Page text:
Mitsubishi Outlander Interior
The majority of reviewers approved of the features and options available in the Outlander's interior but questioned the quality of the materials. Car and Driver says, "It doesn't quite match the RAV4 for material quality, but it blows the Toyota away with gadgets galore."
But New Car Test Drive says the new Outlander has "a look and feel that's more upscale, quieter, more mature, with tasteful metallic trim and tighter integration of controls and fixtures." Buyers might want to take a close look inside for such flaws, as Consumer Guide also says, "the cabin has few padded surfaces, many plastic panels that feel thin, hollow to the touch." Cars.com had the strongest disagreement, saying, "Everything inside looks and feels cheap to the touch, mostly thanks to the plastic used." Most reviewers find the interior decently roomy, and The Auto Channel says the "Outlander's larger size makes for welcome extra space inside."
Room for five is available in the Outlander ES and LS, and a third row is available on the XLS, which brings the passenger capacity to seven. Reviewers find the front- and second-row seats comfortable. The Auto Channel says, "The manually-adjustable front seats are as comfortable as they look, and offer better than average support for the Outlander's price class."
The Outlander, according to MSN, "comfortably seats only four adults because the second seat has an uncomfortable high center area." Still, the says the second row is "plenty comfortable," and reviewer Rick Newman reports that "generous second-row knee room and legroom are possible, more than in some full-size SUVs."
The XLS trim offers an optional third-row bench seat, which can be stowed underneath the cargo area. It is uniformly disliked though, and frequently seen as a way for Mitsubishi to cram a coveted third row in a small SUV. Automobile.com has the strongest opinion, saying, "I was extremely disappointed with the design of this third row. I've got folding picnic chairs that feel sturdier." No reviewer thinks anyone taller than small children could possibly ride in the third row, and Mitsubishi specifies that the third row is only recommended for passengers shorter than five foot three inches.
Standard on all trims are air-conditioning and odor-fighting materials; cruise control; power windows/mirrors/door locks; an engine immobilizer and anti-theft alarm system; remote keyless entry and an AM/FM/CD audio system with MP3 playback capability and six speakers. MSN says, "Even the ES is pretty well-equipped." There are also two 115-volt power outlets on the LS and XLS versions: one in the cockpit and another in the cargo area. Buyers of the XLS trim will also get a "FAST" remote entry system, which means the car senses your keys and opens automatically, and a Bluetooth system for hands-free cellular communications.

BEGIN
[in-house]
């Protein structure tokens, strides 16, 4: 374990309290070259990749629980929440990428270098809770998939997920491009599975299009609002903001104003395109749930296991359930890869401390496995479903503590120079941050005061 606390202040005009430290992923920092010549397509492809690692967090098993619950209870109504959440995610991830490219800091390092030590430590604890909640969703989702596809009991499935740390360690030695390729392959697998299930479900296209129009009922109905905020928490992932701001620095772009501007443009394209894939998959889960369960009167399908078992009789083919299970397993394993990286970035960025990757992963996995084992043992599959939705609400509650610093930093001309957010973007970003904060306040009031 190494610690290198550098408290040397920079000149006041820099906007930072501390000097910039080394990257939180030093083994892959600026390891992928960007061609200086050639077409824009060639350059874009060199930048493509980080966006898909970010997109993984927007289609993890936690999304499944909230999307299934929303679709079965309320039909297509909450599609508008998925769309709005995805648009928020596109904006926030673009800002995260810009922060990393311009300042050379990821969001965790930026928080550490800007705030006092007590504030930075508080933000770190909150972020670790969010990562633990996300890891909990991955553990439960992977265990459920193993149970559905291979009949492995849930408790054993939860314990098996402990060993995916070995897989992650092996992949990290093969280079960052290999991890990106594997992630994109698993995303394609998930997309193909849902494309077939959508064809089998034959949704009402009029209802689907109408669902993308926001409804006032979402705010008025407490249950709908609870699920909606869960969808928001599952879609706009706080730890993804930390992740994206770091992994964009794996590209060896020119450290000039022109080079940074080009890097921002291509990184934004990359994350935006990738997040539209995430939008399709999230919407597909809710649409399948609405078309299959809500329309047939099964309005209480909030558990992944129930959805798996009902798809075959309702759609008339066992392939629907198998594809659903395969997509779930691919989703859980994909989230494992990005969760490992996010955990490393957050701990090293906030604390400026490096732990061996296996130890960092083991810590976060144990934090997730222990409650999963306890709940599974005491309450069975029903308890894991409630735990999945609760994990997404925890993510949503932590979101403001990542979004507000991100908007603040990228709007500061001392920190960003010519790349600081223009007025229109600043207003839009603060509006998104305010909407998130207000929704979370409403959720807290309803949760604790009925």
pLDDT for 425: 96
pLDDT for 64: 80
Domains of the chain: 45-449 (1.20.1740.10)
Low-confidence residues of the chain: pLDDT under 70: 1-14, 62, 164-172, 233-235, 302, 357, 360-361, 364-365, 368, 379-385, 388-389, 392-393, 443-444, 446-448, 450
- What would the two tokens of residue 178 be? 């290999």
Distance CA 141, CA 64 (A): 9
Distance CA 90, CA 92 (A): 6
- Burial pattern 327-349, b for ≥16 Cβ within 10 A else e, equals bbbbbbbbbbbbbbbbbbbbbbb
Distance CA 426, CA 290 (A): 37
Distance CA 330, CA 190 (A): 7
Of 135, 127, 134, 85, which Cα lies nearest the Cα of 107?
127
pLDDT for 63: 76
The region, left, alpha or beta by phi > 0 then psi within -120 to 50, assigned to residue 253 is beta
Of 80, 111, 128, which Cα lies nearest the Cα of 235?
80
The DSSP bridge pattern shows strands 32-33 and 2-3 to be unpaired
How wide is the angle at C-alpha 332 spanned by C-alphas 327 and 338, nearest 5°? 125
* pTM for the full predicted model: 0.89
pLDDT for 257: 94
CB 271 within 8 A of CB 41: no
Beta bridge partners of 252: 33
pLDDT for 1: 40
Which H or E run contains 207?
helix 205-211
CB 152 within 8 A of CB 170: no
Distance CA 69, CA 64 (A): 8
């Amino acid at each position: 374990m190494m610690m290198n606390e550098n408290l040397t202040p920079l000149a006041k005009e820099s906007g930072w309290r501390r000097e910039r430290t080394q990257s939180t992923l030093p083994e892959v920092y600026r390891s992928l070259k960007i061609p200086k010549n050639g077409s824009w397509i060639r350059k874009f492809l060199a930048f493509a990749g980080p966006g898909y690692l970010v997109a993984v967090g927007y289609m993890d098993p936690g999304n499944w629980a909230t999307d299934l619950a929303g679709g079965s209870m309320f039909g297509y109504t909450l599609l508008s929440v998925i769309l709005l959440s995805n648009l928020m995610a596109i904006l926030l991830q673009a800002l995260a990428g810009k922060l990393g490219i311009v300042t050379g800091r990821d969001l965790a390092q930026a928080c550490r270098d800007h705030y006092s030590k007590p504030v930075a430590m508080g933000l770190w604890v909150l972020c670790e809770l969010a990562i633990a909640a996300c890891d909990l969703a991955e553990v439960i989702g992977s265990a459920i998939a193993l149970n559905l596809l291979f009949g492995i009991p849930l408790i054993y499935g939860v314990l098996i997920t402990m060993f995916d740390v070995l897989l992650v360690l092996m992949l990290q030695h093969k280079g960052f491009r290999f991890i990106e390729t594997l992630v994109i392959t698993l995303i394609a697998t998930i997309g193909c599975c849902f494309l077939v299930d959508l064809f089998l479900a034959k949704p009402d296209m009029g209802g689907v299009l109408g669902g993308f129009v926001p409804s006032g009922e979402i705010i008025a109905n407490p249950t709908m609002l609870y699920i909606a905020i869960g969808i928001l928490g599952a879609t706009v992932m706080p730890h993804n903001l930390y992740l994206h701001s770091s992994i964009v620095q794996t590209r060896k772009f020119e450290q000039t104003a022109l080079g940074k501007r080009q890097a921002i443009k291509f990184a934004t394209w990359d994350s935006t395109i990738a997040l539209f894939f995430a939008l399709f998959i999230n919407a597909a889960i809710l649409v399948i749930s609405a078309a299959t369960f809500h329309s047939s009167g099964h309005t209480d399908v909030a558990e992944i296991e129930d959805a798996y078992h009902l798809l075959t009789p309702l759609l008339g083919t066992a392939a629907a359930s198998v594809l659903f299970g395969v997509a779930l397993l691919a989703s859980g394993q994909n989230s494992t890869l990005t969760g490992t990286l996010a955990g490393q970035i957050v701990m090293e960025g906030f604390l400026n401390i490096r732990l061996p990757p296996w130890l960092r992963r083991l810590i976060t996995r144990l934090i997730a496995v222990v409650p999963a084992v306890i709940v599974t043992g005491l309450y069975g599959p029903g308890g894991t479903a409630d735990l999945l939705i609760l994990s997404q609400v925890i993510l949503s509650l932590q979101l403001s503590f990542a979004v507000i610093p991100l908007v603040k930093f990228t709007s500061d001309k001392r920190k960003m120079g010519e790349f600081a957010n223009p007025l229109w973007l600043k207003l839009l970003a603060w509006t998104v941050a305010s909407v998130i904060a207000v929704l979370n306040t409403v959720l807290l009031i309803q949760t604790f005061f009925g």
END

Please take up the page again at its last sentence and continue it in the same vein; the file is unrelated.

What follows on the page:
Stereo and Entertainment
For most reviewers, the real fun began when they drove vehicles equipped with some of Mitsubishi's more interesting options, including a 30-gigabyte hard-drive based navigation system and music server, available on all models. The system automatically converts every CD played to MP3s on its hard drive. USA TODAY says it's "not a huge deal, but a clever one that makes the high-price system more useful and thus more worth having in the first place." Automobile.com is similarly impressed, saying, "This is hands-down the best system of this type that I've used, impressive enough that its steep price point seemed almost reasonable after an hour of playtime."
An optional 650-watt Rockford Fosgate sound system with SIRIUS satellite radio is almost uniformly panned for producing ear-splitting volumes at the expense of musicality. Even Cars.com, which liked it, says, "The system sacrificed clarity for power and bass thump, but for rock, rap or any other music that sounds better the louder it gets, this will be a winning choice." The sound system only comes as part of a "Sun and Sound" package, which includes a sunroof, and which is only available on the LS and XLS versions. Families might note that a rear DVD-based entertainment system with a nine-inch monitor is also available.
The Auto Channel finds that "the Outlander's interior usefulness is further enhanced by a plethora of storage spaces, with covered storage in the top of the dash, a twin-level illuminated, locking glove box, and split-level console box the largest," and most reviewers find the cargo space ample enough. The ES version does not have the console box, however. The 2007 Mitsubishi Outlander has nine cupholders, more than its passenger capacity. Reviewers don't have much comment on the actual cargo space, but the Outlander has 14.9 cubic feet behind the optional third-row seat, 39 cubic feet when the third seat is folded and 72.6 cubic feet when the second and third rows are folded. The 2007 Mitsubishi Outlander has the same amount of cargo capacity as its well-known competitors, the Toyota RAV4 and Honda CR-V, and more than the Suburu Forester.
Autobytel says what's "most notable about the new Outlander's design is its tailgate." The tailgate can be extended, closing the gap between the bumper and cargo area, which BusinessWeek says is "great for getting those big loads in," since heavy objects can slide in. The tailgate can support up to 440 pounds.